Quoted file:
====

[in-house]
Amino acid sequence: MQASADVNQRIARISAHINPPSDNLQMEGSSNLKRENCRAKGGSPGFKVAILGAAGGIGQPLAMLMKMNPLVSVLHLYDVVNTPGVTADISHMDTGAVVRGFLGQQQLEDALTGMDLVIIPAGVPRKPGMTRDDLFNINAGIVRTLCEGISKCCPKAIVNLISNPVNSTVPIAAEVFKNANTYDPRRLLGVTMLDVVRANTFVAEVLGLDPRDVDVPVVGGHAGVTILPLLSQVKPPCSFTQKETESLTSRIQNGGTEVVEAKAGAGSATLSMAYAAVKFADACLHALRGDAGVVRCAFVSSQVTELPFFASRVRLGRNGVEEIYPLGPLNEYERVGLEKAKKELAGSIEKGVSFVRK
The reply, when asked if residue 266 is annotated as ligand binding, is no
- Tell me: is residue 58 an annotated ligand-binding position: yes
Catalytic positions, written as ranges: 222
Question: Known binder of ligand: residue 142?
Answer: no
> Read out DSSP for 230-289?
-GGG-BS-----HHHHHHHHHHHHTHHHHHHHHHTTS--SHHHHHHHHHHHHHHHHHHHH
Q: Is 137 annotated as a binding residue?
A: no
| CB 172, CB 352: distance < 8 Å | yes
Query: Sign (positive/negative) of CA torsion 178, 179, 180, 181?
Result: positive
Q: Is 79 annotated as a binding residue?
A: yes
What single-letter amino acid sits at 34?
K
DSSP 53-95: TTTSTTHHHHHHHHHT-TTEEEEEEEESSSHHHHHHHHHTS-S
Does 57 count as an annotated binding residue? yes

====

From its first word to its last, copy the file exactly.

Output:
[in-house]
Amino acid sequence: MQASADVNQRIARISAHINPPSDNLQMEGSSNLKRENCRAKGGSPGFKVAILGAAGGIGQPLAMLMKMNPLVSVLHLYDVVNTPGVTADISHMDTGAVVRGFLGQQQLEDALTGMDLVIIPAGVPRKPGMTRDDLFNINAGIVRTLCEGISKCCPKAIVNLISNPVNSTVPIAAEVFKNANTYDPRRLLGVTMLDVVRANTFVAEVLGLDPRDVDVPVVGGHAGVTILPLLSQVKPPCSFTQKETESLTSRIQNGGTEVVEAKAGAGSATLSMAYAAVKFADACLHALRGDAGVVRCAFVSSQVTELPFFASRVRLGRNGVEEIYPLGPLNEYERVGLEKAKKELAGSIEKGVSFVRK
The reply, when asked if residue 266 is annotated as ligand binding, is no
- Tell me: is residue 58 an annotated ligand-binding position: yes
Catalytic positions, written as ranges: 222
Question: Known binder of ligand: residue 142?
Answer: no
> Read out DSSP for 230-289?
-GGG-BS-----HHHHHHHHHHHHTHHHHHHHHHTTS--SHHHHHHHHHHHHHHHHHHHH
Q: Is 137 annotated as a binding residue?
A: no
| CB 172, CB 352: distance < 8 Å | yes
Query: Sign (positive/negative) of CA torsion 178, 179, 180, 181?
Result: positive
Q: Is 79 annotated as a binding residue?
A: yes
What single-letter amino acid sits at 34?
K
DSSP 53-95: TTTSTTHHHHHHHHHT-TTEEEEEEEESSSHHHHHHHHHTS-S
Does 57 count as an annotated binding residue? yes